- "We strive to use high recycled content in our packaging to strengthen recycling markets and reduce packaging input costs."
- "...we are using ... returnable plastic pallets" (note they use returnable pallets not recycled pallets...)
Rehrig has been around for 100 years and as far as I can tell they are huge. Unfortunately they are privately owned so I can't see their financials but they make all sorts of plastic containers such as garbage bins, litter containers, and bakery trays in addition to their plastic pallets. It looks like they make every type of plastic container or tray imaginable. Rehrig says their pallets are "reusable, ready to carry the load for the long haul, and ultimately 100% recyclable." Rehrig says "Today we use only 100% recyclable materials throughout our product lines." and "our products are designed to contain as much as 100% recycled material, depending on customer requirements."
Note those quotes from Rehrig. Their pallets are recyclable and contain somewhere between 0 and 100% recycled content. I think the pallets use 0% recycled content otherwise they would be advertising recycled pallets. I think when Rehrig receives back a pallet they recycle it into one of their lower strength products like a bakery tray then use virgin plastic to make a new pallet. This is a key difference between Rehrig and GLGI.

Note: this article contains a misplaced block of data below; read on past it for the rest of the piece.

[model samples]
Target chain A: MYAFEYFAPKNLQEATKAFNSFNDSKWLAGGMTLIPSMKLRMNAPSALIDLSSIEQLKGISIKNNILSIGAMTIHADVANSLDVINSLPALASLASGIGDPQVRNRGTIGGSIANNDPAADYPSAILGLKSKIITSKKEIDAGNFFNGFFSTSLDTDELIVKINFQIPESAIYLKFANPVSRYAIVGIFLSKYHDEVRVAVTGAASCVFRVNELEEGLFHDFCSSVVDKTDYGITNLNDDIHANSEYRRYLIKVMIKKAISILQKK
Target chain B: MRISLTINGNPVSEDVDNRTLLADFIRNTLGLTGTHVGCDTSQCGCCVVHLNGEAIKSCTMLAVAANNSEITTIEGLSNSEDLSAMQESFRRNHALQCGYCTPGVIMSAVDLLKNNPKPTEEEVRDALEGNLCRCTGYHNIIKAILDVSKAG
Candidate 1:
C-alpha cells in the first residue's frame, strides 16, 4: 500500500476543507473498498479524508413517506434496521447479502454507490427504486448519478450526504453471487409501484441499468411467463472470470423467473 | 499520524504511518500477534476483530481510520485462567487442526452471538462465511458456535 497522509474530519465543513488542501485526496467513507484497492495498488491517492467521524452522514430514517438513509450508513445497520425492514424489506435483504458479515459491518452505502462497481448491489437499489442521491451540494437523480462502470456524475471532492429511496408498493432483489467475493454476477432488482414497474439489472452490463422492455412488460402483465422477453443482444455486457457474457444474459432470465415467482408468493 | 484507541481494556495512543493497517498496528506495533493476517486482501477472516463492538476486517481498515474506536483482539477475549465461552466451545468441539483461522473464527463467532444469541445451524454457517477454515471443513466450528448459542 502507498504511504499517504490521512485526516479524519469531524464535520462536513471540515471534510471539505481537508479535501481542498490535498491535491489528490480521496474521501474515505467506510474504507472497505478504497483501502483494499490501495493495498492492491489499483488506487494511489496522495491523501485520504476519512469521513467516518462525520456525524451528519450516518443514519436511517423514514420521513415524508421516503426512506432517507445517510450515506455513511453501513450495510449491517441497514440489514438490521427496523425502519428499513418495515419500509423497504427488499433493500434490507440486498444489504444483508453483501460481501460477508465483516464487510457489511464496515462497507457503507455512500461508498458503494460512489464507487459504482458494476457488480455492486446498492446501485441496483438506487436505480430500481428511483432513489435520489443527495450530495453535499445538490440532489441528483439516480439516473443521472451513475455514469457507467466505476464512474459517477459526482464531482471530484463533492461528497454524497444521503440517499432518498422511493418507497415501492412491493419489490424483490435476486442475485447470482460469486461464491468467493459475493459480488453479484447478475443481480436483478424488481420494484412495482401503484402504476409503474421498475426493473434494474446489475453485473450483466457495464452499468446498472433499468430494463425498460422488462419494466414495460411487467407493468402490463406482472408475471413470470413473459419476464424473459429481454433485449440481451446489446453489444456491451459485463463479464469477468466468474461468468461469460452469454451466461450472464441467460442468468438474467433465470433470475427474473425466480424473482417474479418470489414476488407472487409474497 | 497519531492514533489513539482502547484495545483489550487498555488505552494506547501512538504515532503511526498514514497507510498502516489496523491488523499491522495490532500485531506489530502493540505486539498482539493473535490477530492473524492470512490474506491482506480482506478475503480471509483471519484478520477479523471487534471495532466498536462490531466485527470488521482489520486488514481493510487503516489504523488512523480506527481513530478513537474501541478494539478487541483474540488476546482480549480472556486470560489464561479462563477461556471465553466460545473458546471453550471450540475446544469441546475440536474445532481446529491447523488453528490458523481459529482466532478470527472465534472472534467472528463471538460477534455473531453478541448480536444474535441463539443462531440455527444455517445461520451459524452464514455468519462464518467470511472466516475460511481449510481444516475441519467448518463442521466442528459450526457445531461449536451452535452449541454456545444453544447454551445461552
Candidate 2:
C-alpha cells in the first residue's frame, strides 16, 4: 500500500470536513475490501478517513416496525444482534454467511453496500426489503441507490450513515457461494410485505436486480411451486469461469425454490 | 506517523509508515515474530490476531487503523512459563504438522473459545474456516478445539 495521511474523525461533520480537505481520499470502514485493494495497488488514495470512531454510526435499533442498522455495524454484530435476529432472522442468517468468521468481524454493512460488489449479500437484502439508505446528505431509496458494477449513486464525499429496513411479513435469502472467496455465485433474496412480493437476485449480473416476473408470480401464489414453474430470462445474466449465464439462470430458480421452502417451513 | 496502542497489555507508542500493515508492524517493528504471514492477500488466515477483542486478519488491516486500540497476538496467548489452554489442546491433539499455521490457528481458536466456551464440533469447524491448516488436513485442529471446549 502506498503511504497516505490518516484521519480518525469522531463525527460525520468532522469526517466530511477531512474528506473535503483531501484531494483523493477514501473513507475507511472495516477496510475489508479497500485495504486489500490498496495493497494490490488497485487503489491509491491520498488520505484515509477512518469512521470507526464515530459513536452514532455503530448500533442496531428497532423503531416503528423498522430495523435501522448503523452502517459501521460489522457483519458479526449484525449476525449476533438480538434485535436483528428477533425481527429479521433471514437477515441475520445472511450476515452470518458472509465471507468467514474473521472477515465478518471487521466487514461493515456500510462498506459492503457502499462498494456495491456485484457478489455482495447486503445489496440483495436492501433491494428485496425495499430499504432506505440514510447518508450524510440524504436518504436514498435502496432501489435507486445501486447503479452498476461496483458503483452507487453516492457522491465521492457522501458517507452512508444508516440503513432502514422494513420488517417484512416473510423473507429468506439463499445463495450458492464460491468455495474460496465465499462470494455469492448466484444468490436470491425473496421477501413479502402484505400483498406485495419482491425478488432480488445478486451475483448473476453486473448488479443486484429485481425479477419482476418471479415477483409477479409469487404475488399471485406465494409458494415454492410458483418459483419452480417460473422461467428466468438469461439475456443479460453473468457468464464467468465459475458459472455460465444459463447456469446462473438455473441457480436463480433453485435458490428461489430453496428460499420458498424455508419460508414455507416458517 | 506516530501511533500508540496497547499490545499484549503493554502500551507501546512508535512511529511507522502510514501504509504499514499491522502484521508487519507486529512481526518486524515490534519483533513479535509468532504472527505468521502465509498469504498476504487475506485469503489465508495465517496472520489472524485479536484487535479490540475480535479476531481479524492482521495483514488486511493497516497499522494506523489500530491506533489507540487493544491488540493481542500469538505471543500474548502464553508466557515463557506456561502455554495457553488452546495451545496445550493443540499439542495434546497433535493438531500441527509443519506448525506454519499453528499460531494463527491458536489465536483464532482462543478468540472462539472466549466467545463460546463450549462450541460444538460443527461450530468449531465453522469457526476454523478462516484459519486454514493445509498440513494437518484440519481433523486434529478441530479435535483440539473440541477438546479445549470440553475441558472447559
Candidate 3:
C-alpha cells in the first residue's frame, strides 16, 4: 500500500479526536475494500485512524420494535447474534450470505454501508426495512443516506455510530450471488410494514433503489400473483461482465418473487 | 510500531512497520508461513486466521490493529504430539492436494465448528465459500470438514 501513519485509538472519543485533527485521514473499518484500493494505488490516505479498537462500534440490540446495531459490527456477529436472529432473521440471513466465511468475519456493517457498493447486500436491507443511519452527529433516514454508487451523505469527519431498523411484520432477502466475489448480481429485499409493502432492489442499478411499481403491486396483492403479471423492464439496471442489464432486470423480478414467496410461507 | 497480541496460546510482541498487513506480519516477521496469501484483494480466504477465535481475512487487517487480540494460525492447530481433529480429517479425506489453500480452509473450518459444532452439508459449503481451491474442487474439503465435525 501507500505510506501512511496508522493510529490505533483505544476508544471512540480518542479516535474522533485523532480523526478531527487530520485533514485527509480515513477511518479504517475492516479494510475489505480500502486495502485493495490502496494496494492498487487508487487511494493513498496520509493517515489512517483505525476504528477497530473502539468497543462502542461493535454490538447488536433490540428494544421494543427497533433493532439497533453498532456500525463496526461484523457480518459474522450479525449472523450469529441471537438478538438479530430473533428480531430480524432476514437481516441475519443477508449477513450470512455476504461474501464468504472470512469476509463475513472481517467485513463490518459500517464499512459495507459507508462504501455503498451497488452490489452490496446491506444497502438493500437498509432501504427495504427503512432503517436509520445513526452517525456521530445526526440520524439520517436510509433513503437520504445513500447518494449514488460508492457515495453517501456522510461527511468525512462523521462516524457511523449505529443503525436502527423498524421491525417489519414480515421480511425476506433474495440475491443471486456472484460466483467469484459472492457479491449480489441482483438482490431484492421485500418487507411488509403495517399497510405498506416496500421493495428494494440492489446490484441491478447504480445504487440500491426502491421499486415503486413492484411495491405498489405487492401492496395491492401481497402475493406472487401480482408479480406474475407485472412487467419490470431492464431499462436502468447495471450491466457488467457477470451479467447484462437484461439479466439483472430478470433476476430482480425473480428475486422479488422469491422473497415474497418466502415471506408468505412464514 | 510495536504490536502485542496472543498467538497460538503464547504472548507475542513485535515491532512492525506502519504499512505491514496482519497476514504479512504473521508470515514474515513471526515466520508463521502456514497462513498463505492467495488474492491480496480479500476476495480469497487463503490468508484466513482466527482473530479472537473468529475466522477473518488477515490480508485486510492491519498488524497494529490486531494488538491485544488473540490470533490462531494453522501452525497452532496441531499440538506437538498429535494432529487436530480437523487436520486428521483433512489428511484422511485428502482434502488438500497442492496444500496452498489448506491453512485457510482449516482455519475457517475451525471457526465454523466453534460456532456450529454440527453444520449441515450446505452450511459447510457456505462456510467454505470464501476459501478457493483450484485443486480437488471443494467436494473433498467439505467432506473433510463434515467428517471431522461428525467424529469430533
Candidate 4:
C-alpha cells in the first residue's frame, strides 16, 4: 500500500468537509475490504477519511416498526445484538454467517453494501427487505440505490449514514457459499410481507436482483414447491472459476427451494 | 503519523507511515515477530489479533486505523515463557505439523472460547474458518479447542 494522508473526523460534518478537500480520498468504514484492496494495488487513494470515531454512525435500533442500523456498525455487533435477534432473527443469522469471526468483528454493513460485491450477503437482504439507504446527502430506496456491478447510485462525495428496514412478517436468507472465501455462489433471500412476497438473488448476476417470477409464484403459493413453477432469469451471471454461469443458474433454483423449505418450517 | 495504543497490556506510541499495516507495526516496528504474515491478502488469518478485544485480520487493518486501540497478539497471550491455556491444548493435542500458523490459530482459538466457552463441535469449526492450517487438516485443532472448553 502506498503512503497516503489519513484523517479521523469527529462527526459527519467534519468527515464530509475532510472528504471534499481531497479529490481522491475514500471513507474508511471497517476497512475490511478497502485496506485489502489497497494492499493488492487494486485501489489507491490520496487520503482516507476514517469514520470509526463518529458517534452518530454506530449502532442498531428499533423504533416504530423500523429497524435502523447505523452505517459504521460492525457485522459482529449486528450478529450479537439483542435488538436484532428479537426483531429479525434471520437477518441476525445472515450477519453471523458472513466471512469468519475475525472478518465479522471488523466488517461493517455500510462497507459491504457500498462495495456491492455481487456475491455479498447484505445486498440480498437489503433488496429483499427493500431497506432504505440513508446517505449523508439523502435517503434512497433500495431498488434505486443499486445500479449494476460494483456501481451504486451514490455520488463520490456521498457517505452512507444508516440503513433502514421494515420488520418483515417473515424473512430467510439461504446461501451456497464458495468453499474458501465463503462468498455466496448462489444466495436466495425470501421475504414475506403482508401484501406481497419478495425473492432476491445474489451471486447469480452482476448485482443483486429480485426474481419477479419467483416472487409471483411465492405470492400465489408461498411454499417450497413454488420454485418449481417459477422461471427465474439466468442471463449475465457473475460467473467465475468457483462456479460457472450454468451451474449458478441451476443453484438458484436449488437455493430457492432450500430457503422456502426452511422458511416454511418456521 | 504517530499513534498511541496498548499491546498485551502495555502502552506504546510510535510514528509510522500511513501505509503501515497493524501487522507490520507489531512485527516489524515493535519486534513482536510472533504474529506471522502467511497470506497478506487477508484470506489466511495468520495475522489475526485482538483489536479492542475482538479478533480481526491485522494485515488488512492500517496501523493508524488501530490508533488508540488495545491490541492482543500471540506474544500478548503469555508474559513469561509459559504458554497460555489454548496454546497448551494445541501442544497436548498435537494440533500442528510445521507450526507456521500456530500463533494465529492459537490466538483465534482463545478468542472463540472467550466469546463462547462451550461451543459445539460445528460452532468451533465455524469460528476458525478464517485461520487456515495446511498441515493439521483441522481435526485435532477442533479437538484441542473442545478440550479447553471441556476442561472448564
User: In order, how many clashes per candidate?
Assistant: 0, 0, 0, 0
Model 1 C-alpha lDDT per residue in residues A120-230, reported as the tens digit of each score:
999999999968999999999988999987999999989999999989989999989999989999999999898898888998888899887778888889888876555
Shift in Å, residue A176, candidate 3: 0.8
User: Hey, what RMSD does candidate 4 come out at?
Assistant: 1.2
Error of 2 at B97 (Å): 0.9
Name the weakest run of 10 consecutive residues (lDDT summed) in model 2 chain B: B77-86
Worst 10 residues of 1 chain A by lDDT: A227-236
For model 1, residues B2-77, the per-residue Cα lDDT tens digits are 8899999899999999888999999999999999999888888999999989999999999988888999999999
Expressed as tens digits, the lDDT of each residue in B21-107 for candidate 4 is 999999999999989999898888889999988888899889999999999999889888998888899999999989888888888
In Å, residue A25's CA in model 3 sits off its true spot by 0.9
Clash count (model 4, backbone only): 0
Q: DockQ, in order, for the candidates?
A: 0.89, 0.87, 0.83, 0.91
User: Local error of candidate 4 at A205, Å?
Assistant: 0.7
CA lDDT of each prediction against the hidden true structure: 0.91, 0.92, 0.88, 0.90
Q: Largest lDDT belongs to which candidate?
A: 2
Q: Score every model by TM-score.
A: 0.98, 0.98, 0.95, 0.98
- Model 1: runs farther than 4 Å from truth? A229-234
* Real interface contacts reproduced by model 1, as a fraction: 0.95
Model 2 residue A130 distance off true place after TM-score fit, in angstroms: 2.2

I tried to find out other differences between Rehrig and GLGI with no luck. I emailed back and forth with someone at Rehrig but they stopped communicating once they realized I wasn't going to buy any pallets. I emailed the professor who tested pallets for AB but got no response.
I have read that virgin vs recycled plastic pallets are very different from each other. "There are only a couple of manufacturers in North America that have been successful at reducing material variability with recycled resins, because this is an extremely difficult task." I have tried to find other 100% recycled plastic pallet makers but have been unable to find anyone other than GLGI who makes a suitable beverage pallet.
Back to GLGI and AB